In April it will be three years since I was diagnosed with leukemia, and I still don’t know my Doctor’s diagnosis. Oh wait, it is April isn’t it?
You’ve heard me say “Hairy Cell Leukemia,” but that’s the common name, a nickname. At least I hoped it was. What self respecting disease refers to itself as hairy? Surely there was an important, scary sounding scientific name. More importantly, I wanted to know what my oncologist tells my insurance company. I mean, that’s what makes it official, right?
I ask you: if a man gets sick in the woods and no one is around to pay for the treatment, was he ever really sick?
We’ll get back to the name in a minute.
A year or two ago my first oncologist’s practice merged with a larger practice, and the larger practice (a statewide mega-practice) wasn’t taking my insurance “yet.” After a few “regrettable” miscommunications (wherein I was presumed the mistaker) I flew the coup for greener practices.
Only now, with the wisdom of hindsight, the other practice doesn’t look so green. It looks more like Pantone 1-5-2 C (or Hex #B59B00 if that helps). If I really must hold your hand, it’s sort of a yellowish-brown.
The new oncologist committed a number of sins, according to my wife and my primary doc. That is: she left them out of the loop by not giving them the scoop on the leukemia’s coming out party last August. As I wrote earlier this year, I was happy living in consequence free, ignorant bliss for six months. My wife on the other hand, does NOT take deception sitting down, regardless of intention.
As a result, a two front war was waged for the newbie’s ouster. Lucky me, the fronts were either side of my head (though to be fair, my dear wife did most of the fighting, with my doc playing more of a reserve role). So last week I was browsing the online guide of providers blessed by my insurance and low and behold, my old oncologist (with his new mega-practice) was back in its good graces.
Almost as fast as you can say, “I’m sorry Cheryl, I forgot to call today. I’ll try to remember tomorrow…” I was on the phone making an appointment. All they wanted was the last couple labs done by the newbie oncologist, which I picked up last Thursday.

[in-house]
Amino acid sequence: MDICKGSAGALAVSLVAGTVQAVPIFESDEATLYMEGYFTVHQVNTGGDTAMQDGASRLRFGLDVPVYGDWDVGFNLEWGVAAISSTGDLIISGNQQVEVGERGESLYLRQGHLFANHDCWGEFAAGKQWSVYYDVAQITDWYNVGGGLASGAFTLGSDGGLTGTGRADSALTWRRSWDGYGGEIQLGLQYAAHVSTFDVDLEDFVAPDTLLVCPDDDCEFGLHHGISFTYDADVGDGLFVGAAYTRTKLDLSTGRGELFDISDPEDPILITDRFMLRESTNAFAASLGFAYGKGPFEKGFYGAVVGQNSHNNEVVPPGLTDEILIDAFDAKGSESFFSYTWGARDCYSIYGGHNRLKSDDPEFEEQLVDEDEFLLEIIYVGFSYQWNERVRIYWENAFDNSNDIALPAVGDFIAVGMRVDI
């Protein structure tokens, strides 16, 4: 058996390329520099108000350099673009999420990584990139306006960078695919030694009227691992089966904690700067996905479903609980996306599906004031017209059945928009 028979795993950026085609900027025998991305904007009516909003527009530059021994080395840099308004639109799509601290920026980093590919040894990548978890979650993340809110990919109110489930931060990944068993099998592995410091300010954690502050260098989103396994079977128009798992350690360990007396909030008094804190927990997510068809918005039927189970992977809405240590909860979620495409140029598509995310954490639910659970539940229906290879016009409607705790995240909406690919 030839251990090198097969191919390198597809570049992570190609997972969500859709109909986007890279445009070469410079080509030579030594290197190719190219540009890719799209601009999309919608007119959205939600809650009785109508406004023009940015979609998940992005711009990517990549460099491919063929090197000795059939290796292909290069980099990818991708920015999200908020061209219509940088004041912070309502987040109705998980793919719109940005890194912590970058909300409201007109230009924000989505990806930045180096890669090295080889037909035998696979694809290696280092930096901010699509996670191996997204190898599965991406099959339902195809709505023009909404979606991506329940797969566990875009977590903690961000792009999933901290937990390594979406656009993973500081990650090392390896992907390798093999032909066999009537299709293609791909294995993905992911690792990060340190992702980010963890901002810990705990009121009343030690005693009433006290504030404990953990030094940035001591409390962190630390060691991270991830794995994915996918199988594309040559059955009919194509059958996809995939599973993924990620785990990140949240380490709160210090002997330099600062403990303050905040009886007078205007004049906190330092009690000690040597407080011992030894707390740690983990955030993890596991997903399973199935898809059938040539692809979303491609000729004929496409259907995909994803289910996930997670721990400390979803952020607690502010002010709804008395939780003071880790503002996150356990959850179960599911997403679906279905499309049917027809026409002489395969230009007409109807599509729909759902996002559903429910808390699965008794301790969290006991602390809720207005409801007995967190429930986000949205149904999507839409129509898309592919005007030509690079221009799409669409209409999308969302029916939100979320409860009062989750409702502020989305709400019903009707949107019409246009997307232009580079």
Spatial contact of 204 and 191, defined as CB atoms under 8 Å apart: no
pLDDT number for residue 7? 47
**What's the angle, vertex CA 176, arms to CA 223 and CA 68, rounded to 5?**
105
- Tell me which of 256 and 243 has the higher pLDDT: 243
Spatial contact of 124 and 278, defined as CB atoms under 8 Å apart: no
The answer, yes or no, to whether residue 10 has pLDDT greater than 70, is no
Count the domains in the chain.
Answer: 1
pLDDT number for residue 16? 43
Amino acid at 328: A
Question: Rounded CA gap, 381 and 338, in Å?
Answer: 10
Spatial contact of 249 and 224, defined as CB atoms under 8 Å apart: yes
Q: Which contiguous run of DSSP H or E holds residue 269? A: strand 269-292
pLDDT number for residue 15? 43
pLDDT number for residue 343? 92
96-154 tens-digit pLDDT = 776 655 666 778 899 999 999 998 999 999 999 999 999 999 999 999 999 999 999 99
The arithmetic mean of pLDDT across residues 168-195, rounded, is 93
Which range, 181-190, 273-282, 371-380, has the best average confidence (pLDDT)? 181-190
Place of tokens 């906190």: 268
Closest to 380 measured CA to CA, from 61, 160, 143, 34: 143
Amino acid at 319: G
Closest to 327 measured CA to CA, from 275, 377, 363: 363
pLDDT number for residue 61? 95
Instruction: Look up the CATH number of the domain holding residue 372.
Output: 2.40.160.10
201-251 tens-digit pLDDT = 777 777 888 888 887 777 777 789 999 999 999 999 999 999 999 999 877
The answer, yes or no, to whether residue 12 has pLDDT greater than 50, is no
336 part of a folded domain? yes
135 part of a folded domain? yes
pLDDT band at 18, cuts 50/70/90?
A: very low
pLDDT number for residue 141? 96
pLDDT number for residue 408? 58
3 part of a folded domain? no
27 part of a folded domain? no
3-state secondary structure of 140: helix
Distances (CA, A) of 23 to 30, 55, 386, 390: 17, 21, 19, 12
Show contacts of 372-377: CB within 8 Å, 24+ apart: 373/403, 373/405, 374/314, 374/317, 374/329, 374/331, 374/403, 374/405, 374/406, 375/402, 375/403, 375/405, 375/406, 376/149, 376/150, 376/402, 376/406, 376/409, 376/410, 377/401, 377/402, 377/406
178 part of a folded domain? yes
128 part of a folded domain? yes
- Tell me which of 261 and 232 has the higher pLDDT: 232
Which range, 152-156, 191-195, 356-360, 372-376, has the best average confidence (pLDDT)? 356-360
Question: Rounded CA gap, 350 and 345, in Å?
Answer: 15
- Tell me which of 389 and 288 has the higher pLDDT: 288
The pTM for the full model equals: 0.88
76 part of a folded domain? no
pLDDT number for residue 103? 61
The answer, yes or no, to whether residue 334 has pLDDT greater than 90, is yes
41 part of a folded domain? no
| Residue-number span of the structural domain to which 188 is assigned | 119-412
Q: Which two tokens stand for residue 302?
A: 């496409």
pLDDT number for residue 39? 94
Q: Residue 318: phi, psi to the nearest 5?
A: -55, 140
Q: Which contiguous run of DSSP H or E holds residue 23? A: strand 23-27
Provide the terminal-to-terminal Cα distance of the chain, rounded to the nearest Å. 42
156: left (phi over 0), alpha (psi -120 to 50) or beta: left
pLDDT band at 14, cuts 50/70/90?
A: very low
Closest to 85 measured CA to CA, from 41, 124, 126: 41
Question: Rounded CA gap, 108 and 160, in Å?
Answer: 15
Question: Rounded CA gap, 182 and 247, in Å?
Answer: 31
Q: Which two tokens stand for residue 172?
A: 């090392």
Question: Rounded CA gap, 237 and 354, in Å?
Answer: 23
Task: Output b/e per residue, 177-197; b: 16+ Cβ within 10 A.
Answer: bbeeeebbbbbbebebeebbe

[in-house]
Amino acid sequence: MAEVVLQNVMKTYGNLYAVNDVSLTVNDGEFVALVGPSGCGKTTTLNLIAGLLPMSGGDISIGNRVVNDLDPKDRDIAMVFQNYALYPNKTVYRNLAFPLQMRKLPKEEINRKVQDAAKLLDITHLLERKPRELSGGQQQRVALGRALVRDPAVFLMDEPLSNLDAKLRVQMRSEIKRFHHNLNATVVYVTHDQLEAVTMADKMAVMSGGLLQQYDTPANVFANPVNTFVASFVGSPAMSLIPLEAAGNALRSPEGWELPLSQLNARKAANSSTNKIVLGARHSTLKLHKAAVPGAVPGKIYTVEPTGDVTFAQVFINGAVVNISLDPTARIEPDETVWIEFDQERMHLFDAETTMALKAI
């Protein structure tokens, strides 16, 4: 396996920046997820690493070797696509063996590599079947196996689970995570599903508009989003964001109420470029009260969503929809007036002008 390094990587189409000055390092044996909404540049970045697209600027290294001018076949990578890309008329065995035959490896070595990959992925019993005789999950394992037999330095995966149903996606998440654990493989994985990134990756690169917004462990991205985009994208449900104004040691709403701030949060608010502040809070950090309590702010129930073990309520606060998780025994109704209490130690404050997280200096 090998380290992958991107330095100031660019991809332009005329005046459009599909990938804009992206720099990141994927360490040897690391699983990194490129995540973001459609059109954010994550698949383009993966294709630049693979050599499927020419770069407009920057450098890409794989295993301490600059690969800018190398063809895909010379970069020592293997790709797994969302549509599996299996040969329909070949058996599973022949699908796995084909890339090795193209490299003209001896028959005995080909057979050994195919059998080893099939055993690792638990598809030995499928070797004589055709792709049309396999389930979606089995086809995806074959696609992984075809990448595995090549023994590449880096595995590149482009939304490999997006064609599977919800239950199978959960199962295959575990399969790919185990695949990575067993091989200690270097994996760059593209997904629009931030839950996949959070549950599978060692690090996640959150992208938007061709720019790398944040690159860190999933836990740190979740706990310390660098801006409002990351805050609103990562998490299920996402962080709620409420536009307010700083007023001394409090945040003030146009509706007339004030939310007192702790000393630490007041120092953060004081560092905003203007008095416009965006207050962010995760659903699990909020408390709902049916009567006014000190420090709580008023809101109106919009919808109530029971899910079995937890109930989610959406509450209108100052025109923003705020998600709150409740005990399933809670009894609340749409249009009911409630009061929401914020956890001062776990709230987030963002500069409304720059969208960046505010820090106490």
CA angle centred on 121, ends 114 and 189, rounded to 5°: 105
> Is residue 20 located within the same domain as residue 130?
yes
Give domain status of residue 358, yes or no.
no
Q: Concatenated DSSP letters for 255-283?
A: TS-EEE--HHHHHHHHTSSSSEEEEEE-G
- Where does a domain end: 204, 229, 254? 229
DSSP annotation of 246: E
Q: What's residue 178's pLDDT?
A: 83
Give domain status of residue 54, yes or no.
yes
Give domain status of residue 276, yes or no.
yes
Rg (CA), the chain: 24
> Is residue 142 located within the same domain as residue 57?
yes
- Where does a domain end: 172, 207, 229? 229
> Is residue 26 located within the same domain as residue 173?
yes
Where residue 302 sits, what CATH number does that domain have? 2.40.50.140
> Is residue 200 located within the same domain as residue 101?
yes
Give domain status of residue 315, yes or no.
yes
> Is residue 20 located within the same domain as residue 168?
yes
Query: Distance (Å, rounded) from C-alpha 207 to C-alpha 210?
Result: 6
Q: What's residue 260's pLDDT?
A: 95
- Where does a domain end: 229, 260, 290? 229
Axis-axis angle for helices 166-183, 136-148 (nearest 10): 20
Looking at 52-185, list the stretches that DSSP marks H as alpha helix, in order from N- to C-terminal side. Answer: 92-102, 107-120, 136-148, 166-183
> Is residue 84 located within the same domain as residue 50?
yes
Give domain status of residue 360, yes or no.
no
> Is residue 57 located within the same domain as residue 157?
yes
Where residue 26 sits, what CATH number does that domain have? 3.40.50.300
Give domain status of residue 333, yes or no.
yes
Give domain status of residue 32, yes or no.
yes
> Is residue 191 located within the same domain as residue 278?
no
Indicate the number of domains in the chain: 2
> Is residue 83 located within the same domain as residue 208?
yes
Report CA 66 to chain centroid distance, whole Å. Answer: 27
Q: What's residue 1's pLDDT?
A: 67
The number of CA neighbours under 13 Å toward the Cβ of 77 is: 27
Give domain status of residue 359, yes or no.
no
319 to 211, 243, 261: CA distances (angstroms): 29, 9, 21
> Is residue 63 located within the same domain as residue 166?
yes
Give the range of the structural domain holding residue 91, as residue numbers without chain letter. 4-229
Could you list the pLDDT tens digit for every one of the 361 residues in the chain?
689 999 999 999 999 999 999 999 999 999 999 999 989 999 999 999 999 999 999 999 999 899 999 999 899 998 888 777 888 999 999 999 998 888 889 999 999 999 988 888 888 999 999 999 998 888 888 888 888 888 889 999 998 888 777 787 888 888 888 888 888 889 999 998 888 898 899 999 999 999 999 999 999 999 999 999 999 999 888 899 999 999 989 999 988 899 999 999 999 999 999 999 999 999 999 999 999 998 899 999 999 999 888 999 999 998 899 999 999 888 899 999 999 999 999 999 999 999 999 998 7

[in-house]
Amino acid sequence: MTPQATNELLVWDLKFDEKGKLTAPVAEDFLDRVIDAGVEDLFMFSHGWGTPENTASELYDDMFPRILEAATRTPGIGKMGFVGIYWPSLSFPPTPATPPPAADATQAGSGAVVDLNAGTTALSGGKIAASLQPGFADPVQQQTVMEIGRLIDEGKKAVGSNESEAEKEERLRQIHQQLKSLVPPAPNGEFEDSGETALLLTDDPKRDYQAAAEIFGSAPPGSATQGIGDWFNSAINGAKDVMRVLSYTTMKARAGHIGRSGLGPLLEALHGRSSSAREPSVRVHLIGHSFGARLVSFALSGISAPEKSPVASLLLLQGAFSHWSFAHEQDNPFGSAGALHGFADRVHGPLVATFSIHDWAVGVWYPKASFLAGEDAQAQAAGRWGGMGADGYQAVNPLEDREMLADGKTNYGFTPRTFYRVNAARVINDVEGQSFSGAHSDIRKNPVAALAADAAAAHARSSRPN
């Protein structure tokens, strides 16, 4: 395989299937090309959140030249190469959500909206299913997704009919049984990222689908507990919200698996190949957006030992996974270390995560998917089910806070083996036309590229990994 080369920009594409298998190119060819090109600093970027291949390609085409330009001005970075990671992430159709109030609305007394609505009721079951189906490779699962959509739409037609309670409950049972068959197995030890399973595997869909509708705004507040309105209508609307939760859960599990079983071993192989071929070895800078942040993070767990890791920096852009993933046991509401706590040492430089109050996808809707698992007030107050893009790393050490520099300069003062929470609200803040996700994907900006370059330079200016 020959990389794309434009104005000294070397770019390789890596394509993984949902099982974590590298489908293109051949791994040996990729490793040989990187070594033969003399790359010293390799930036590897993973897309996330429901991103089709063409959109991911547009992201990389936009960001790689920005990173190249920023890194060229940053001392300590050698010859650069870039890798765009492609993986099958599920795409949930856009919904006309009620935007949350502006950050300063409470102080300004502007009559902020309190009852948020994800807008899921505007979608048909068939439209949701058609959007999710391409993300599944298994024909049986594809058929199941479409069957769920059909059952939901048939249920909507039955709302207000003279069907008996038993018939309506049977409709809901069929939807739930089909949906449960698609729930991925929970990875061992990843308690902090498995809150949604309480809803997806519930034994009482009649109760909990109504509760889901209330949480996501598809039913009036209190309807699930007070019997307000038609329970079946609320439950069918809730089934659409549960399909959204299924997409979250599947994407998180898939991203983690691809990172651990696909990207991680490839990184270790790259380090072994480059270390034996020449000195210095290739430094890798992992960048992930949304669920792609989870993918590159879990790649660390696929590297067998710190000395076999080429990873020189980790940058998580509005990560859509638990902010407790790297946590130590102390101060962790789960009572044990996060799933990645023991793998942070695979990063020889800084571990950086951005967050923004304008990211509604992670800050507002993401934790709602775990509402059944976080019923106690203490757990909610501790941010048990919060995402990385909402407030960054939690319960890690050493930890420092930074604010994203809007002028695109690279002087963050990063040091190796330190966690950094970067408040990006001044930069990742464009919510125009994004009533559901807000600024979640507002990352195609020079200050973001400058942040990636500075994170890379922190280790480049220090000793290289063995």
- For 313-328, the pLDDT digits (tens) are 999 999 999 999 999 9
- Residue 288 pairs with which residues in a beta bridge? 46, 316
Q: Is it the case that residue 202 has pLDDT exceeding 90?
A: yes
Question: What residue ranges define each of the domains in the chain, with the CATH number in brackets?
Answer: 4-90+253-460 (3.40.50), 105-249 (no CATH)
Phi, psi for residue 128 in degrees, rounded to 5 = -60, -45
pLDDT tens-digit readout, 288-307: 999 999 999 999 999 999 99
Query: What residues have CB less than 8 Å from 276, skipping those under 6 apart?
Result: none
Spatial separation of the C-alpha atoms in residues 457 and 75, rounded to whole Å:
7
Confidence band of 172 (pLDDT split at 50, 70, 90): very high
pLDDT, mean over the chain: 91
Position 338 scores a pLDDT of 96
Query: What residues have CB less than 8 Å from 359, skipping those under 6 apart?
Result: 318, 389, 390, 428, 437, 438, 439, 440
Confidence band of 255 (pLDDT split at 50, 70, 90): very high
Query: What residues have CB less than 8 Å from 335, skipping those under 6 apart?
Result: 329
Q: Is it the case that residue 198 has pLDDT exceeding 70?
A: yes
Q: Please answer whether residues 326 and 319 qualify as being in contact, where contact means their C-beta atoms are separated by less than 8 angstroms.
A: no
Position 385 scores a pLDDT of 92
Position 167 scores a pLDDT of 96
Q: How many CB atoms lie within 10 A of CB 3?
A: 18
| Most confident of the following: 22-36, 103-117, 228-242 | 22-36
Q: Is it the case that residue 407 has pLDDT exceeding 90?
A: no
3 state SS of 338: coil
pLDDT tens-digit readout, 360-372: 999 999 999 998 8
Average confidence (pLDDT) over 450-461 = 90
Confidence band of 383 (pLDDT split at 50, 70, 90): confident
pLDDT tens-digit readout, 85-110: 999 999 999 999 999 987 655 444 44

And that’s when I saw it, at the top of each page:
Diagnosis: Unspecified lymphoid leukemia, without remission
Histology: Hairy cell leukemia
Yep, now it’s real again.
For old time’s sake I googled Hairy Cell. I’ve read all this before, but I’m not sure I’ve written it down. I’m a real self-starter when it comes to anxiety. On a darker note: there is no cure. Patients require lifelong monitoring and follow-up. Patients have as much as double the risk of developing a second kind of cancer. Most patients go ten years or longer on their first remission, with subsequent remissions often shorter. My first one went two and a half years. Many sources say it’s most common in white men over 50. According to the Hairy Cell Leukemia Research Foundation, the median age of diagnosis is 52.
I am not now, nor was I 50 three years ago. (I’m 38 now – 35 back in the good old days.)
On an interesting note: in the US, 3 in 1,000,000 men will be diagnosed each year with hairy cell, as opposed to 0.6 in 1,000,000 women. Ten percent of those patients will not require treatment this year, as it’s only treated when it begins to affect lifestyle, or cause dangerously low levels of white/red blood cells and platelets. When this happens, the body is over producing defective, hairy white blood cells which clog up the bone marrow, affecting the body’s ability to make useful blood cells. In the case of hairy cell, it’s always the B cells which are abnormal, or hairy in appearance – cells also known as lymphocytes. This can result in excessive bleeding, bruising, anemia, fatigue, weakness, weight loss, loss of appetite, and all the great things that come with a suppressed immune system. It can cause the hairy and other cells to accumulate in the spleen, causing it to become enlarged. In some cases it’s removed, but not necessarily just to relieve swelling. It can also cause swelling of the liver. In some cases blood transfusions are necessary to replace dangerously low blood cell counts.
Less than 2000 people in North America and Europe will be diagnosed with it each year. Worldwide, only about 200 will die from complications associated with it.
Note: I don’t intentionally conflate a smaller diagnosis sample with the deaths taken from a larger population to make mortality rates seem higher than they actually are. 200 deaths worldwide is a very small number. These were the only interesting stats I could find for a relatively rare disease. Just keep in mind these are apples and watermelons – if you haven’t guessed already.
It is a chronic form of leukemia, thought to be a sub-type of chronic lymphoid leukemia. It can go years without being detected, often given away by general complaints of fatigue and blood work.
The good news is more than 95 percent of new patients are successfully treated by a single, seven day course of chemotherapy (cladribine), and it’s normally effective again. Although it put me in the hospital for two weeks in isolation (which isn’t normal – most people can take it at home with a portable pump in a fanny pack), it did work for me.
So all this time I knew what was in the name, but I didn’t know the proper name itself.
Boy, that’s a load off.